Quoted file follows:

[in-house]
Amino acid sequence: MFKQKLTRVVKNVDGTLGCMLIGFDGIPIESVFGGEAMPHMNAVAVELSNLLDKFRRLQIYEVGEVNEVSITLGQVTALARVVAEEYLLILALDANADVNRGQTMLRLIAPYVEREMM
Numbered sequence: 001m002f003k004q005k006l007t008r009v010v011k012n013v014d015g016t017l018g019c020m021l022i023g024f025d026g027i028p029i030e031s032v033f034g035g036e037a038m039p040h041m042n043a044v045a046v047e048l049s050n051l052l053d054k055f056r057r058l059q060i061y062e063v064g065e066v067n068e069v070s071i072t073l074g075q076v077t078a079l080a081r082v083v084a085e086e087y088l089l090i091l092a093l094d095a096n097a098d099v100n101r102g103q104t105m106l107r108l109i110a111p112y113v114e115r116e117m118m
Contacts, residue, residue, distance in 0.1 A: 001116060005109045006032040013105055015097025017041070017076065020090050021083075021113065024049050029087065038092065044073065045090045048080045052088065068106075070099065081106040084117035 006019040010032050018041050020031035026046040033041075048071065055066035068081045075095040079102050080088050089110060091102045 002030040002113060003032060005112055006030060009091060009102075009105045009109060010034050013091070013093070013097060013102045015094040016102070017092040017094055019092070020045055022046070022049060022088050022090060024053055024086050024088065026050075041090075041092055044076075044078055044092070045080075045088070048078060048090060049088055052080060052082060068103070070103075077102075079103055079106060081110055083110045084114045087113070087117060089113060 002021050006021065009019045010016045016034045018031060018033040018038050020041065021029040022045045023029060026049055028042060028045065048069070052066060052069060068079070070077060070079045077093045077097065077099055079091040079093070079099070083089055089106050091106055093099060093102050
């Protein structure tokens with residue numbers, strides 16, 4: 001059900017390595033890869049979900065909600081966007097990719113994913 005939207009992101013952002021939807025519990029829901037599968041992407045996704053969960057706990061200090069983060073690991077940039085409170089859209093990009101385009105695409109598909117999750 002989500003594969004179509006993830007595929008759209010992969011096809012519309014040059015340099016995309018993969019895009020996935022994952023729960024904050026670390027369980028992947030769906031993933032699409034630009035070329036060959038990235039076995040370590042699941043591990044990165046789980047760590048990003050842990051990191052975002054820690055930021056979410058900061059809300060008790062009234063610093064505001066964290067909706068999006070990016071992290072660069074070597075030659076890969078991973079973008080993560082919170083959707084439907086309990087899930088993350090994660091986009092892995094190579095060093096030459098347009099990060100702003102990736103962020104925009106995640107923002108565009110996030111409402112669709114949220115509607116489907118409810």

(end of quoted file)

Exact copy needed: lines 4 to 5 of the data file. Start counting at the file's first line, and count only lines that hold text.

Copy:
Contacts, residue, residue, distance in 0.1 A: 001116060005109045006032040013105055015097025017041070017076065020090050021083075021113065024049050029087065038092065044073065045090045048080045052088065068106075070099065081106040084117035 006019040010032050018041050020031035026046040033041075048071065055066035068081045075095040079102050080088050089110060091102045 002030040002113060003032060005112055006030060009091060009102075009105045009109060010034050013091070013093070013097060013102045015094040016102070017092040017094055019092070020045055022046070022049060022088050022090060024053055024086050024088065026050075041090075041092055044076075044078055044092070045080075045088070048078060048090060049088055052080060052082060068103070070103075077102075079103055079106060081110055083110045084114045087113070087117060089113060 002021050006021065009019045010016045016034045018031060018033040018038050020041065021029040022045045023029060026049055028042060028045065048069070052066060052069060068079070070077060070079045077093045077097065077099055079091040079093070079099070083089055089106050091106055093099060093102050
């Protein structure tokens with residue numbers, strides 16, 4: 001059900017390595033890869049979900065909600081966007097990719113994913 005939207009992101013952002021939807025519990029829901037599968041992407045996704053969960057706990061200090069983060073690991077940039085409170089859209093990009101385009105695409109598909117999750 002989500003594969004179509006993830007595929008759209010992969011096809012519309014040059015340099016995309018993969019895009020996935022994952023729960024904050026670390027369980028992947030769906031993933032699409034630009035070329036060959038990235039076995040370590042699941043591990044990165046789980047760590048990003050842990051990191052975002054820690055930021056979410058900061059809300060008790062009234063610093064505001066964290067909706068999006070990016071992290072660069074070597075030659076890969078991973079973008080993560082919170083959707084439907086309990087899930088993350090994660091986009092892995094190579095060093096030459098347009099990060100702003102990736103962020104925009106995640107923002108565009110996030111409402112669709114949220115509607116489907118409810």